By Mike Lillis - 02-25-16 06:00 AM EST
A growing number of House Democrats see hints of racism in the GOP’s effort to prevent President Obama from seating a new Supreme Court justice.
Democrats have long contended that the first black president has been the target of conservative attacks from which his white predecessors had been immune.
The evidence, they maintain, is found in things like the false charges that Obama is a Muslim, the unsubstantiated accusations that he was born in Kenya and Rep. Joe Wilson (R-S.C.) shouting, “You lie!” during a 2009 address the president gave to Congress.
Now, many Democrats say, Obama’s race is playing a factor in the highly partisan fight to replace the late Justice Antonin Scalia on the high court.
“For years, some conservatives in this country have painted the president as ‘different’ from ‘real’ Americans, using his race, his birthplace or other themes. They have pretended to have policy differences, but for many, their true motives come from racism, fear and sometimes hatred,” said Rep. Mike Honda (D-Calif.), former head of the Asian Pacific American Caucus.
“Now, even as they try to cover themselves with false logic, these same voices use the pretext of a Supreme Court nomination to say that President Obama isn’t a ‘real’ president, that he doesn’t have the same powers and responsibilities as white presidents before him.”
Honda is hardly alone.
Last week, Rep. G.K. Butterfield (D-N.C.), the head of the Congressional Black Caucus, told The New York Times that Republicans’ decision to block any nominee Obama selects “has a smell of racism.”
He’s not backing down.
“I stand by that statement,” Butterfield said Wednesday.
“President Obama is president until Jan. 20 of 2017. And he has not only the right but the obligation to put forth a name. And the Senate has an obligation to take up the nomination,” he said.
Asked if a white president would receive a better reception from across the aisle, Butterfield didn’t hesitate.
“Absolutely,” he said. “No question about it.”
Rep. Raúl Grijalva (D-Ariz.), co-leader of the Congressional Progressive Caucus, said Butterfield’s assessment is right on target.
“I couldn’t agree with the chairman of the Black Caucus more,” he said Wednesday.
Grijalva, a prominent member of the Hispanic Caucus, said the Republicans’ personal attacks on Obama mark a drastic shift from the Democrats’ approach to former President George W. Bush.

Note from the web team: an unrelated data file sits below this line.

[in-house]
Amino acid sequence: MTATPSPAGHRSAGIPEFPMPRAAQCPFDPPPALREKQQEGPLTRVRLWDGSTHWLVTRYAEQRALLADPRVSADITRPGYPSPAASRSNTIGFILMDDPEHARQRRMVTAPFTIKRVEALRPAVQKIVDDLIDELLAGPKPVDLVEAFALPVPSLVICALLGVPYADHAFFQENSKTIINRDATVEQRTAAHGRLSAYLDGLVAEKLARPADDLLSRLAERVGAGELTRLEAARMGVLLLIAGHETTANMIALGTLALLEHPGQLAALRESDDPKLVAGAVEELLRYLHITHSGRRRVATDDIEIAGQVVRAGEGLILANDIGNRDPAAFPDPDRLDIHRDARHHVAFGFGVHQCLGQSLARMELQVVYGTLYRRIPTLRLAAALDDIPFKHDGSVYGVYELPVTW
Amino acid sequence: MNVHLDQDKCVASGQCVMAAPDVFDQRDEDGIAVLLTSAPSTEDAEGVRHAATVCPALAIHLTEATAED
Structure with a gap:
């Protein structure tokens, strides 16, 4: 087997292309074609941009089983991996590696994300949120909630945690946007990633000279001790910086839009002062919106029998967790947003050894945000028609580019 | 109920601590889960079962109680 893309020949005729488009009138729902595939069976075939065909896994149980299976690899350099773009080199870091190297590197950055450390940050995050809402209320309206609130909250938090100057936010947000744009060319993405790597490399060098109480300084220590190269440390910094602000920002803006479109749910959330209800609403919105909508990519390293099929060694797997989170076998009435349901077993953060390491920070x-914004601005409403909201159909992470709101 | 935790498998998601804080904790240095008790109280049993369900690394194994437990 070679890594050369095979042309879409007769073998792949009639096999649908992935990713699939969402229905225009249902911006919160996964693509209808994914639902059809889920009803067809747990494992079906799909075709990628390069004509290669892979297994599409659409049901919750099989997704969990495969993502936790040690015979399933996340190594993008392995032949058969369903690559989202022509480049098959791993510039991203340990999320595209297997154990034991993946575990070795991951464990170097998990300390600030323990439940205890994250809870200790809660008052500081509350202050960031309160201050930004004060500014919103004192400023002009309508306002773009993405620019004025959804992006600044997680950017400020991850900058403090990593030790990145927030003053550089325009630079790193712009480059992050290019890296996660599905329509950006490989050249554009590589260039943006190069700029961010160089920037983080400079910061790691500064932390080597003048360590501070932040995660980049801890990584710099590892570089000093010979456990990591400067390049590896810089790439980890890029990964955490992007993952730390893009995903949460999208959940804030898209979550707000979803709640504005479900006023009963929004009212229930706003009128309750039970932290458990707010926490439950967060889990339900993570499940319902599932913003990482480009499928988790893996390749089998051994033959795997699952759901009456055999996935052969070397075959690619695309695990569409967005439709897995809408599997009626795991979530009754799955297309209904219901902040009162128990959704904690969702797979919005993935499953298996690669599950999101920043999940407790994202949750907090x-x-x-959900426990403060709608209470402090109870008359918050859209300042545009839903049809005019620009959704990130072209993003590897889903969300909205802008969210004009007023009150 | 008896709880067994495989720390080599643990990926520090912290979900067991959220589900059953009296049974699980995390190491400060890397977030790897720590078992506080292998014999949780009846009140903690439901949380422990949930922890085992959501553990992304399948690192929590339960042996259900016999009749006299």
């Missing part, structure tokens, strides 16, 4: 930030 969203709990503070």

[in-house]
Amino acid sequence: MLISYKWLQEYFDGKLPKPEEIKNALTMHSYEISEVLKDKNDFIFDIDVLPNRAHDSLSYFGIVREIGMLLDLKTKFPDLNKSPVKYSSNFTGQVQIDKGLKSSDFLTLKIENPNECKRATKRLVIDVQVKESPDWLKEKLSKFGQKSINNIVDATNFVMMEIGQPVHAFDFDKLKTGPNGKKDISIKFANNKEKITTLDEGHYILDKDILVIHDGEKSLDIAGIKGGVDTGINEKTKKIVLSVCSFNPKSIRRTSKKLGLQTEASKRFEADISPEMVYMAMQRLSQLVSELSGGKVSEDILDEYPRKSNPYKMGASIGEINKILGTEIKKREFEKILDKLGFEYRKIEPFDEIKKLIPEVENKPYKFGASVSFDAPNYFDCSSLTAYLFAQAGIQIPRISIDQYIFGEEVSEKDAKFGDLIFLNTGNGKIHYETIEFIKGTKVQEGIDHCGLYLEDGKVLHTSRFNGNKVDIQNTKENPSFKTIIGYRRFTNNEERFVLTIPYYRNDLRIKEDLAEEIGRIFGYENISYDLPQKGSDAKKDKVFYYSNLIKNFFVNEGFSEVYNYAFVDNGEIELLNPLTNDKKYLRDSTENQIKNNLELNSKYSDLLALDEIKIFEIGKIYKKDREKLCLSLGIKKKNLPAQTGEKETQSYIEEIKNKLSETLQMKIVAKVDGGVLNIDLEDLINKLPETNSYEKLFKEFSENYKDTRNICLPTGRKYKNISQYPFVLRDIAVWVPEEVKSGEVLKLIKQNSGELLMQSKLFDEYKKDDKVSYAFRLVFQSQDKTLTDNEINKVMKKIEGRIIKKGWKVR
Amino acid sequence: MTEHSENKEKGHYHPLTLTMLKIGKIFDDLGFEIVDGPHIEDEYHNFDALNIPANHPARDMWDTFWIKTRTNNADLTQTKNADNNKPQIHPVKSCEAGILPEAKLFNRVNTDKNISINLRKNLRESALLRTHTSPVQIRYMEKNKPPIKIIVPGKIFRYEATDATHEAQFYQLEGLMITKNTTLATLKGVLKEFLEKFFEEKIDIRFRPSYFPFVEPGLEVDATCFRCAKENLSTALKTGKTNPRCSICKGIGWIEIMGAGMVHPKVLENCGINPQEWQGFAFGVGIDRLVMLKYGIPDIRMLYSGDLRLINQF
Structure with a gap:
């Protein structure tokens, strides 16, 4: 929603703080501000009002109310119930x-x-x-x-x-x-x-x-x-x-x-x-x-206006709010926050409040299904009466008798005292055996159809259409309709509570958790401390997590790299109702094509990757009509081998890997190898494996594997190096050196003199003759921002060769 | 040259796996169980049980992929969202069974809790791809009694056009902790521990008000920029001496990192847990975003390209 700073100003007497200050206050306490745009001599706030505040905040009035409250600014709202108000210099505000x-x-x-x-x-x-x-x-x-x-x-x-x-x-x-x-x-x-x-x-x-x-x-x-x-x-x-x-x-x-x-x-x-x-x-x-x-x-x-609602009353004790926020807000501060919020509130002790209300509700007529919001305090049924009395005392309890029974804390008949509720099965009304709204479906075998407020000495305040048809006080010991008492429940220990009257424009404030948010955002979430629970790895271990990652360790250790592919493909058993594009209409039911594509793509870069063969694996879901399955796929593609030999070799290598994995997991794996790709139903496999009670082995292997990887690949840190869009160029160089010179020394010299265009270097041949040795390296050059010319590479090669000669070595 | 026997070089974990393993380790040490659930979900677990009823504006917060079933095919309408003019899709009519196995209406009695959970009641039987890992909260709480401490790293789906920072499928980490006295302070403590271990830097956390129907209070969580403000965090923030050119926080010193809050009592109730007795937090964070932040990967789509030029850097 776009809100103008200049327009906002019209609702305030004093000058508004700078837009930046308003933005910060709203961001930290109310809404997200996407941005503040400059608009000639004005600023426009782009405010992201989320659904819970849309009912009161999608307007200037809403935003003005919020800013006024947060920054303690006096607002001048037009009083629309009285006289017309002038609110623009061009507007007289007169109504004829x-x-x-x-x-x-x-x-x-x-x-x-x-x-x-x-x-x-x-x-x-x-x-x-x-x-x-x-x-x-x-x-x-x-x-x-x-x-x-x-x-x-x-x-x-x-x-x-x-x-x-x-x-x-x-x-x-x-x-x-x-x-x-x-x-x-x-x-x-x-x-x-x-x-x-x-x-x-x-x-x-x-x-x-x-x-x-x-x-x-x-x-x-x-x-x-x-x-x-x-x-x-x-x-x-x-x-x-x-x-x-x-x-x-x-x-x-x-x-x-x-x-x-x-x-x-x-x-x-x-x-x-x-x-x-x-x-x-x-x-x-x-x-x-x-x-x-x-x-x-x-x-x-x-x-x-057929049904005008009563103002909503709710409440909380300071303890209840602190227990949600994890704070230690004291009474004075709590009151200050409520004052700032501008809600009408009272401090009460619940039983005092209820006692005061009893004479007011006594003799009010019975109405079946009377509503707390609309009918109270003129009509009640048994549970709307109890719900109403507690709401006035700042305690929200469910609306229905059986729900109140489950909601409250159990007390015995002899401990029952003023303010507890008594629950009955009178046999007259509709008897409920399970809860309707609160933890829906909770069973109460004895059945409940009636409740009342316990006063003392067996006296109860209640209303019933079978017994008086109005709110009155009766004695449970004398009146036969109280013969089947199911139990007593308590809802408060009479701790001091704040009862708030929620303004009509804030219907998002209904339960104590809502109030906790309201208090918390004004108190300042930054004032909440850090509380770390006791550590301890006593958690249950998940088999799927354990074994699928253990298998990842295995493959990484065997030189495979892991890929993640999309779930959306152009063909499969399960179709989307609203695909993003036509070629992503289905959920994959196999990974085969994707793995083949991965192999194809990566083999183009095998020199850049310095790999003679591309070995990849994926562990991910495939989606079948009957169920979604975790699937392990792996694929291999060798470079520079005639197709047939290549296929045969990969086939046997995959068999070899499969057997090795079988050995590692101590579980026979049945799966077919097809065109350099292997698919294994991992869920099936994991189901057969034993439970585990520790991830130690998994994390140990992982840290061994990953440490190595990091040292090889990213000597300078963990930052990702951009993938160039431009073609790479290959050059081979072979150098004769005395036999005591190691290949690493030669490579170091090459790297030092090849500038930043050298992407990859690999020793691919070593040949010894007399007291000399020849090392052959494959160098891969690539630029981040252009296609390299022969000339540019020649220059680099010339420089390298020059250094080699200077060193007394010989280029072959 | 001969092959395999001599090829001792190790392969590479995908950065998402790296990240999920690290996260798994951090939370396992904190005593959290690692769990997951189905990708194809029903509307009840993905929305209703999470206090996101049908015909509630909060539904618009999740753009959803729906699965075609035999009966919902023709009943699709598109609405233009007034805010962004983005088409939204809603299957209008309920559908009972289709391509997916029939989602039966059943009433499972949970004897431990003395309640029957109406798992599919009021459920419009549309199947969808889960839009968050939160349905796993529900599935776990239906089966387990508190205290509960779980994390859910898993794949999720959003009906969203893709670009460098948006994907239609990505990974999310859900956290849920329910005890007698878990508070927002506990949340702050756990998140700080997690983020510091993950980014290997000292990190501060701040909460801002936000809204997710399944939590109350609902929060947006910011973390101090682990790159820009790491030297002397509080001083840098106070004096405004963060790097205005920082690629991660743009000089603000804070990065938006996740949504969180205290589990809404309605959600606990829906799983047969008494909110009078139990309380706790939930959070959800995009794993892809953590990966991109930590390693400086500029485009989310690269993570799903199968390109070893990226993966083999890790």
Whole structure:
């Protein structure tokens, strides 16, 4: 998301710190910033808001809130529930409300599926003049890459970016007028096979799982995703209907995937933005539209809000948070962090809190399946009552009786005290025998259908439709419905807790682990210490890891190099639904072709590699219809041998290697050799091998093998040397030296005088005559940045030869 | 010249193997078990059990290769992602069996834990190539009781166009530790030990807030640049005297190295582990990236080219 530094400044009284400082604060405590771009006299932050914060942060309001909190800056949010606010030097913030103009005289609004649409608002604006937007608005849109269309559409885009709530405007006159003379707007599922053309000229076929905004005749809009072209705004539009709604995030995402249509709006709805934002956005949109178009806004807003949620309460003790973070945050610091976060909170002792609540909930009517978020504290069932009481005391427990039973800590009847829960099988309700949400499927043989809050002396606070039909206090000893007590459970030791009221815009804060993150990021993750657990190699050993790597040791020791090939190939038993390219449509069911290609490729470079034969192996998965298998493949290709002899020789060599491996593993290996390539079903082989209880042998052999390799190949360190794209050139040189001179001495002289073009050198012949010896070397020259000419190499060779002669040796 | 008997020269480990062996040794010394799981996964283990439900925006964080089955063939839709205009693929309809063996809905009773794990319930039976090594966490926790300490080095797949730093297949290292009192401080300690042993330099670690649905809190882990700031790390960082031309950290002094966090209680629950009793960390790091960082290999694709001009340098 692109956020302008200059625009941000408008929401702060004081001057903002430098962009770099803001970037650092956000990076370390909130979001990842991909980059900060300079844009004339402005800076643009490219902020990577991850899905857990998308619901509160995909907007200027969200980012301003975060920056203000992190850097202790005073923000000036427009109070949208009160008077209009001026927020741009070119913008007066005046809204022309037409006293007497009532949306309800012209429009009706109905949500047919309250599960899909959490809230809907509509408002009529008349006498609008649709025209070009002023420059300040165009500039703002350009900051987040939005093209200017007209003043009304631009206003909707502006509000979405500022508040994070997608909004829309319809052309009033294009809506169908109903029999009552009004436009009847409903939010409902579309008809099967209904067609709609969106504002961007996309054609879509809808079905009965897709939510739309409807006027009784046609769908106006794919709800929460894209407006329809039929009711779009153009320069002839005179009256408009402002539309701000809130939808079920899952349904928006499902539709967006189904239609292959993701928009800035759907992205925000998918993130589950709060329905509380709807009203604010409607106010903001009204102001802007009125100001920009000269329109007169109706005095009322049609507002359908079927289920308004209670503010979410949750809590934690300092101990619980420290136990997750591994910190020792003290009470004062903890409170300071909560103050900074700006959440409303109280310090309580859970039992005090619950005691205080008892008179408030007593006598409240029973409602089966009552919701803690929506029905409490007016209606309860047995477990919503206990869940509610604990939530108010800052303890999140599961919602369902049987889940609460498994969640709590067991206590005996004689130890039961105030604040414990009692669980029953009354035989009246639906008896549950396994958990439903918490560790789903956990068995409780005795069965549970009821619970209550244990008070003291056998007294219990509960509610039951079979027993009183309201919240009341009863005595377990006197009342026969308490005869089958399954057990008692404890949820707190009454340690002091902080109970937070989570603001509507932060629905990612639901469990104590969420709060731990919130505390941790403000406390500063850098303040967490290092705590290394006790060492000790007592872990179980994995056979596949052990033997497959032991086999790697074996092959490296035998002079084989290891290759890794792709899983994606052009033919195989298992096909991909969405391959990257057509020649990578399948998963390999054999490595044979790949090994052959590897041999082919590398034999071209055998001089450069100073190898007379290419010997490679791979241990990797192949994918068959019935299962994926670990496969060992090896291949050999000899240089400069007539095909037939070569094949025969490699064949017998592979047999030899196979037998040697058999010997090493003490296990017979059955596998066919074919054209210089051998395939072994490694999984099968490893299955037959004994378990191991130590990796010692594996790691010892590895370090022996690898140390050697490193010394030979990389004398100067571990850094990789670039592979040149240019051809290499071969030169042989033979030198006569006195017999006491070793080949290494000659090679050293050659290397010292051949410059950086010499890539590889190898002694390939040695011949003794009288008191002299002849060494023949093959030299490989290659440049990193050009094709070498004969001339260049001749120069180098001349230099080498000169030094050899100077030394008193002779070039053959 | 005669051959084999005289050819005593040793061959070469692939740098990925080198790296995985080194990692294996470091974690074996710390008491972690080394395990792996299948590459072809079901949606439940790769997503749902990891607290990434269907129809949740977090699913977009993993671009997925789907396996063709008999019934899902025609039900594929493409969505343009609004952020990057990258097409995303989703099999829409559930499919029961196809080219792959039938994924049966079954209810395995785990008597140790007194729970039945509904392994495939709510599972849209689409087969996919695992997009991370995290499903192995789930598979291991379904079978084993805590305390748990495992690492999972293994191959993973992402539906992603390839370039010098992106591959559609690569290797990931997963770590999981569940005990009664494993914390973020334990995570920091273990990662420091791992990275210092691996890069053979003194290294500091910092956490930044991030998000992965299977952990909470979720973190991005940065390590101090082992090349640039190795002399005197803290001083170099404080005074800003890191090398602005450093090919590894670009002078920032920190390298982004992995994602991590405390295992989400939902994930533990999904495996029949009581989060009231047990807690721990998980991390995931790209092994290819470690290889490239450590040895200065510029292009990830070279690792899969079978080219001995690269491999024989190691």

“We disagreed, we bashed him, but it was a policy issue. With Obama, it’s been deep-seated and offensive,” Grijalva said.
“Ideology: a factor. Party affiliation: a factor. Race: a factor,” he added. “No question about it.”
The fierce battle to fill the Supreme Court vacancy began on Feb. 13, the day of Scalia’s unexpected death, when Senate Majority Leader Mitch McConnell (R-Ky.) quickly issued a statement vowing to kick the nomination process to the next president.
Other GOP leaders quickly followed suit, and on Tuesday the Republicans on the Senate Judiciary Committee said there will be no hearings — let alone a floor vote — on Obama’s pick.
Rep. Xavier Becerra (Calif.), chairman of the House Democratic Caucus, noted Wednesday that Congress has seated six Supreme Court justices in presidential election years since 1912. He declined to guess at the GOP’s motivations for denying Obama’s pick but said there are real concerns among Democrats — particularly among minorities — that Obama has been treated more harshly than his predecessors.
“Certainly there’s concern that every time the president wants to put forward a nominee for any position — whether it’s a judicial position, or to fill a Cabinet position — that the president is greeted hostilely,” said Becerra, another prominent Hispanic Caucus member.
“If I were in the shoes of a lot of folks who have felt the heat of exclusion — and I have, on occasion, as a result of the color of my skin and my national origin — I can understand.”
Rep. Steny Hoyer (Md.), the House Democratic whip, piled on, calling McConnell’s refusal to consider a nominee “outrageous” and suggesting Obama has been the target of discrimination.
“His refusal ... is yet another example of how Republicans first consider nominees put forward by this President not on their merits but on the basis of who nominated them,” Hoyer said in an email. “This kind of double standard with regard to President Obama must not be tolerated.”
Both McConnell’s and Grassley’s offices declined to respond on the record Wednesday.
But GOP leaders are highlighting a series of past statements from Democratic leaders — including Sens. Harry Reid (D-Nev.) and Charles Schumer (D-N.Y.), and Vice President Biden — to reinforce their position that an election-year nomination vote is a bad idea.
Republican operatives are also quick to note that Democrats blocked a series of minority court nominations under Republican administrations, including Miguel Estrada in 2001 and Janice Rogers Brown in 2003, and the fact that Obama has successfully seated two Supreme Justices without a filibuster fight.
Still, Democrats are near universal in their assessment that Obama’s race has been a factor underlying how he’s been perceived — and treated — in the White House.
“I have never ever seen, in my lifetime — before I was in the Congress [or] in the Congress — a president treated as uncivilly as this president,” said Rep. Bill Pascrell, a 79-year-old New Jersey Democrat.
“I think much of it has to do with his politics. Much of it [is] because they never thought he would be elected, for whatever reason, and some of it is a downright reflection of what some constituents feel about the color of his skin.”